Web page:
Monday, 24 Feb 2020

You are here

Interleukin Targeted Biologics Increase Risks of Infection

A systematic review of the literature shows that, compared to placebo, the use of non-TNF, interleukin inhibitor biologics may be associated with significantly higher rates of serious infections, opportunistic infections, and cancer.

The authors performed a fixed-effects meta-analysis to assess the influence of non-TNF, interleukin inhibitor biologics on reported rates of serious infections, opportunistic infections, and/or cancers. IL Inhibitors (and their cytokine target) included were: anakinra (IL-1), rilonacept (IL-1), canakinumab (IL-1), tocilizumab (IL-6), olokizumab (IL-6), clazakizumab (IL-6), sirukumab (IL-6), sarilumab (IL-6), ustekinumab (IL-12/23), brodalumab (IL-17), secukinumab (IL-17), ixekizumab (IL-17), and guselkumab (IL-23). 

The study included 74 studies and 29,214 patients (24 236 patients for serious infections, 9998 for opportunistic infections, and 21 065 for cancer patients). 

IL inhibitor treated patients had a higher risk of:

  • Serious infections (OR, 1.97; 95% CI, 1.58-2.44; P < .001)
  • Opportunistic infections (OR, 2.35; 95% CI, 1.09-5.05; P = .03)
  • Cancer (OR, 1.52; 95% CI, 1.05-2.19; P = .03)

Analysis of individual drugs shows that not all interleukin inhibitors were associated with significantly higher rates.

This is one of the few studies to show ab increased risk of opportunistic infections with IL inhibitor therapy.

The authors note that this study has limitations. These results must be interpreted with caution because of factors intrinsic to the analysis of study-level data. This analysis assumes that the risk of infections or cancer is constant throughout the duration of treatment. Previous data have suggested that the risk for infection with TNF inhibitors is highest within the first 90 days of therapy, but to our knowledge, no data are currently available concerning use of IL inhibitors.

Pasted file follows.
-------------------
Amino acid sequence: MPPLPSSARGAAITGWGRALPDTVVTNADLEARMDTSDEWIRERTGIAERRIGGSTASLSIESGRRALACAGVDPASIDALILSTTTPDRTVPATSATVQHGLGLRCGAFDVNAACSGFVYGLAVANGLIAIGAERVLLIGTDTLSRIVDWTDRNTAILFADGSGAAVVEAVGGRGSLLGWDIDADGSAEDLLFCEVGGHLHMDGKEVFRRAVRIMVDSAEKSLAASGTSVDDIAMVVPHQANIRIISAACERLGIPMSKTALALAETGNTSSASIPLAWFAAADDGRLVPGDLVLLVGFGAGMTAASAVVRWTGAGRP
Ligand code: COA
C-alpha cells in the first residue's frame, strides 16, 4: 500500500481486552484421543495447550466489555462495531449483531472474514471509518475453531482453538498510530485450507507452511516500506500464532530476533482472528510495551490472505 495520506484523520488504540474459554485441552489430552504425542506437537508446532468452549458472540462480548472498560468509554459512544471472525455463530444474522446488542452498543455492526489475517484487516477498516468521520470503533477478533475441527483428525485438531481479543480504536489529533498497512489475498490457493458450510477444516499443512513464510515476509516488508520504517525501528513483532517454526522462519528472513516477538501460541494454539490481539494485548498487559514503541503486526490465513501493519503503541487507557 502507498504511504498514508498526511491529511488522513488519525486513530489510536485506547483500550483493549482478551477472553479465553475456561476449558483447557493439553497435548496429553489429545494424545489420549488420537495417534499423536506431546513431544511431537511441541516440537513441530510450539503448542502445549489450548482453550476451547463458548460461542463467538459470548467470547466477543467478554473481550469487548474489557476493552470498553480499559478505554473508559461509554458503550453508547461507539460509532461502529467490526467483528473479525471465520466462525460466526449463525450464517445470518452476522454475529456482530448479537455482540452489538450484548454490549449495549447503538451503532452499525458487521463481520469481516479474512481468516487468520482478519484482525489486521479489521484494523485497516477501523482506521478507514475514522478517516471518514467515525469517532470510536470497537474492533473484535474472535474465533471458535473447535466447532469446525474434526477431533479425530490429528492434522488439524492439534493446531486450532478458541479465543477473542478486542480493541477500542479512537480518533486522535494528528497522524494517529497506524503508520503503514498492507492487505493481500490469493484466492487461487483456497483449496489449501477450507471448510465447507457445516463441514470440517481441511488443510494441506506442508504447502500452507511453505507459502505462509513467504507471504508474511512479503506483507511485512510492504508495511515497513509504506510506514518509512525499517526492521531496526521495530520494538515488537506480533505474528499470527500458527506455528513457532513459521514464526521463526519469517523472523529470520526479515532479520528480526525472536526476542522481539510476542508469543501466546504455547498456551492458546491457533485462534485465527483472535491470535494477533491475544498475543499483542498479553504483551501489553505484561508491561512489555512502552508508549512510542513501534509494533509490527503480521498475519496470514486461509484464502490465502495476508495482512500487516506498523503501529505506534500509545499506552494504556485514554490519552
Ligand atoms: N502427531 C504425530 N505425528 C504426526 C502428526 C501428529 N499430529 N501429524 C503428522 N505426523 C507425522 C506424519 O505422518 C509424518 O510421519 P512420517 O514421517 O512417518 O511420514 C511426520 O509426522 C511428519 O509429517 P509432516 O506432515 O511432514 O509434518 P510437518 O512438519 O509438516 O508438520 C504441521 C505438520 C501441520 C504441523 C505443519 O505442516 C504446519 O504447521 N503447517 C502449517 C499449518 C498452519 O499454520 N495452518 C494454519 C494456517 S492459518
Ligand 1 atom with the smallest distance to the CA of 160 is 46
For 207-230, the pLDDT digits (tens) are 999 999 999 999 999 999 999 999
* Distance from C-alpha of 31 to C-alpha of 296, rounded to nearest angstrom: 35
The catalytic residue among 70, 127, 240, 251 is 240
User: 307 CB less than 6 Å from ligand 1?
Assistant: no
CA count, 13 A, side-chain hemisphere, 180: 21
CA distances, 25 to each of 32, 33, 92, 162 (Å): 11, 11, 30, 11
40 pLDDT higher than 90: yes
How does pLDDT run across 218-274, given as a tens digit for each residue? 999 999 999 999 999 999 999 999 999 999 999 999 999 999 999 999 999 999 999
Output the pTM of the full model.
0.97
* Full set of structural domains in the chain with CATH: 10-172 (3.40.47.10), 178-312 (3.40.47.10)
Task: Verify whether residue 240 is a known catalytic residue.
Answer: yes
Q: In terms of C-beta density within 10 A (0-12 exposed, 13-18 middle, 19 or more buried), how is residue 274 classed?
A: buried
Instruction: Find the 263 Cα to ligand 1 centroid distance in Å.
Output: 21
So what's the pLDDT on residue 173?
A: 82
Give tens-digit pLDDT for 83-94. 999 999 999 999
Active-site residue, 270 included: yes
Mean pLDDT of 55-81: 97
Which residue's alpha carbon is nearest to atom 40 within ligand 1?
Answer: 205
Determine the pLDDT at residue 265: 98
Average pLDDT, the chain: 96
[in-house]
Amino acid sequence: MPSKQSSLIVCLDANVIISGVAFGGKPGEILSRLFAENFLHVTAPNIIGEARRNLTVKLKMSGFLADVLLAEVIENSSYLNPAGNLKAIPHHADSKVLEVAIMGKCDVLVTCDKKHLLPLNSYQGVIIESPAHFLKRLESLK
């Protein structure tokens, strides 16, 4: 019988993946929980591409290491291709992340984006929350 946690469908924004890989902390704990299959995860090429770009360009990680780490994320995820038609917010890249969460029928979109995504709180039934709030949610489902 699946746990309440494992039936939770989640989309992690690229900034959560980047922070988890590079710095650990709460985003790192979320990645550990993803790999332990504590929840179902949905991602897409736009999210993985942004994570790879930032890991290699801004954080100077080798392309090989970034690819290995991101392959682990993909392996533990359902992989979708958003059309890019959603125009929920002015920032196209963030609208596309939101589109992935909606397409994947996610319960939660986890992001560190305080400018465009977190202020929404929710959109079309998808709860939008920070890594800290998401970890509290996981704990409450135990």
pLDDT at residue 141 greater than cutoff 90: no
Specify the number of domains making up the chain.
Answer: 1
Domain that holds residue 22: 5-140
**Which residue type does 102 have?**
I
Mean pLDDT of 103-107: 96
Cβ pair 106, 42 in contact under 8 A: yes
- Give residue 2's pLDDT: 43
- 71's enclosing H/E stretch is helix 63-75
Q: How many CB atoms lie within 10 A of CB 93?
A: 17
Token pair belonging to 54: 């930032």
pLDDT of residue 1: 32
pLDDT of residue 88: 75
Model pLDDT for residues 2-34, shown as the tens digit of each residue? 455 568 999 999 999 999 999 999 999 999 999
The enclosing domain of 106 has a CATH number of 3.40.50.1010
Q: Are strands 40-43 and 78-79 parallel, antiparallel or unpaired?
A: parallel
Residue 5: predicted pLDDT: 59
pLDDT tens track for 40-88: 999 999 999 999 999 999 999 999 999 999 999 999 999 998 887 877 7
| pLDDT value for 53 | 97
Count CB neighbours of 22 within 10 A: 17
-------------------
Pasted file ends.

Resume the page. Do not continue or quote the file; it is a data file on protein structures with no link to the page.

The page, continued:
The author has no conflicts of interest to disclose related to this subject

Add new comment

More Like This

Tofacitinib Effective in Refractory Still's Disease

Fourteen cases reported from mainland China suggest that tofacitinib (TOFA) may be effective in patients with refractory adult-onset Still’s disease (AOSD), further adding to a growing list of potential use of JAK inhibition in managing inflammatory, and now autoinflammatory, disease.

QD Clinic - Hepatitis B and Biologics

QD Clinic - Lessons from the clinic Active HBV infection (HGsAg+) on anti-viral therapy but needs a biologic - what should you use?

Biosimilars for Rheum Disease: Failure to Launch

The availability of biologic biosimilars has thus far had negligible impact on prescribing practices in the United States, in stark contrast to what has been observed in some European countries, researchers reported.

Best of 2019 - Is Methotrexate Necessary with Tofacitinib?

Rheumatoid arthritis patients taking tofacitinib (Xeljanz) plus methotrexate who achieved low disease activity (LDA) may be able to withdraw from the latter agent without significant worsening of disease activity, a researcher reported at EULAR 2019 in Madrid.

Best of 2019 - Ups and Downs with Abatacept

Two recent studies have examined the effect of starting abatacept upon the risk of serious hospitalized infections or cancer, showing divergent results from claims data analyses.